Re: [Concepts] Should any iterator have an operator->() in C++0x?

From: (Niels Dekker - no return address)
Sat, 24 Mar 2007 06:19:18 GMT

ConceptGCC 4.1.1 alpha 5 tells me that a class does not meet the
requirements of an iterator concept, if it does not have an

Howard Hinnant wrote:

List of current standard iterator types that do not have operator->():


Most of these are output iterators.

Thanks! I realize I was not completely accurate about ConceptGCC. It does
*only* require operator->() for input iterators. So I'll rephrase my question:
  Should any InputIterator have an operator->() in C++0x?

But not istreambuf_iterator. :-\
Oh, and then there's vector<bool>::iterator... Yes we don't like it,
but we aren't getting rid of it. The very most we will do is rename it.

istreambuf_iterator is designed to have a built-in type as value type, right?
If so, the lack of operator->() makes sense to me for istreambuf_iterator. For
the same reason, I can understand why vector<bool>::iterator would not have an

Are string::iterator and string::const_iterator required to have an
operator->()? And if so, why?

There are no algorithms in <algorithm> that require operator->().

In C++0x, I guess they will require operator->(), even if they don't use it.

Can this be solved with a concept map (insert proper term here if
concept map isn't it) that supplies a default definition of operator->()
if one isn't available, and which wouldn't be instantiated if not used?

How would you do a default definition of operator->()? Please take a look at
the small example below. Bar is intended to be an input iterator, pointing to
Foo objects. The concept map InputIterator<Bar> should provide an operator->(),
but it cannot access Bar::private_ptr, and Bar::operator*() does not provide the
address of the current Foo object either.

  #include <concepts> // Tested on ConceptGCC 4.1.1 alpha 5
  #include <iterator>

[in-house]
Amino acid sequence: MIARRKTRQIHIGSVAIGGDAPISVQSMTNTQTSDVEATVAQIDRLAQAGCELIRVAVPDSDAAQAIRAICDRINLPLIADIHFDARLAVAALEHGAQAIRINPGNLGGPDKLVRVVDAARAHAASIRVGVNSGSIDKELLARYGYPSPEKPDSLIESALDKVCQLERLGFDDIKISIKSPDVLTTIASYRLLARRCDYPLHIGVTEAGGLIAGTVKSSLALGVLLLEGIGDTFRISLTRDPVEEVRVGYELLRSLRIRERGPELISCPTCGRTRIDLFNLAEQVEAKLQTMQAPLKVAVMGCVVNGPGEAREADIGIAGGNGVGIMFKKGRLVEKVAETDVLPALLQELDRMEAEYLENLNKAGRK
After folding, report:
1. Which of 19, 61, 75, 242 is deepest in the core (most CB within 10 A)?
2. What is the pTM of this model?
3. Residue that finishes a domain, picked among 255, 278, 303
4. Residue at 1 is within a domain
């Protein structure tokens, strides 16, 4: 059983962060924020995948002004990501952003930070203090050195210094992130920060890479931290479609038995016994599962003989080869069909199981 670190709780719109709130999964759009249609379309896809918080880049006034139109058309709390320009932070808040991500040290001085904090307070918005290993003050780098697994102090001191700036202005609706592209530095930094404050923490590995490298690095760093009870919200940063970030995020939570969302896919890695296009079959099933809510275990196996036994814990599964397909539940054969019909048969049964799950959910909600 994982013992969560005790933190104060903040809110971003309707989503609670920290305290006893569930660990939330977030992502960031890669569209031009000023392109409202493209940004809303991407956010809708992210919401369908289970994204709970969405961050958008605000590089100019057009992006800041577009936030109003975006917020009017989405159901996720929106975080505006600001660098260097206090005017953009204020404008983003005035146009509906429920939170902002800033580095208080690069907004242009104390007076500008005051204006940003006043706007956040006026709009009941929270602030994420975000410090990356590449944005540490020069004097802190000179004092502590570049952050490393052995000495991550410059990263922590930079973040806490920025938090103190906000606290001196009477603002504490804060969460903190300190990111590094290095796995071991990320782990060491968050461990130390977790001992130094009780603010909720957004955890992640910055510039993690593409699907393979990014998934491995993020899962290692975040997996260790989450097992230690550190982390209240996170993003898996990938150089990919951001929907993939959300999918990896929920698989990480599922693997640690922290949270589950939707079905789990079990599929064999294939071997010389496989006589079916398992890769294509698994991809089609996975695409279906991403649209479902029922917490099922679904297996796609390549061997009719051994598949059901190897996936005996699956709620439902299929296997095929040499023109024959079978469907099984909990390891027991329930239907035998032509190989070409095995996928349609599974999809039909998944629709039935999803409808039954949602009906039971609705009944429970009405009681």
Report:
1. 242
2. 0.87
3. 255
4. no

#include <cassert>

  struct Foo {
    char data;

  class Bar {
    Foo* private_ptr;
    typedef Foo value_type;
    typedef int difference_type;
    typedef const Foo* pointer;
    typedef const Foo& reference;

    explicit Bar(Foo* arg = 0)
    : private_ptr(arg) {
    Foo operator*() const {
      return *private_ptr;
    Bar& operator++() {
      return *this;
    Bar operator++(int); // trivial implementation
    friend bool operator==(const Bar&, const Bar&); // trivial
    friend bool operator!=(const Bar&, const Bar&); // trivial

  namespace std {
     concept_map InputIterator<Bar> {
      Bar::pointer operator->(const Bar & arg) {
        return 0; // How to implement this one correctly...?

  int main() {
    return 0;

Bar has purposely hidden the pointer to its current Foo. I'm afraid that
therefore it cannot be accepted as an input iterator... Any suggestion?

David Abrahams wrote:

According to the current iterator concept definitions, I believe
you're right, in the sense that the semantics of operator-> is defined
entirely in terms of member access on the value type. If the
value_type is not a UDT, operator-> is meaningless.

None of the existing std:: algorithms require that value_type is a
UDT, but that doesn't really matter. Lots of code outside the
standard depends on the current iterator concepts.

Okay, that makes sense to me.

The C++98 iterator concepts are overburdened with redundancy

Thank you, very interesting!

operator-> is one of those things which, if you want to be faithful to
those concepts, you must represent in ConceptC++. There's plenty of
argument for stripping the iterator concepts down to something more
manageable in C++0x, but if you leave out operator-> (or anything else
that's redundant in the current concepts) then the new iterators will
not necessarily be compatible with old code, because old code is free
to use any bit of redundant interface it wants. Catch-22

So given this Catch-22 situation, I guess you think that ConceptC++ should
require operator-> for a input iterator, if and only if its value type is a
class or a struct. Right?

Kind regards,

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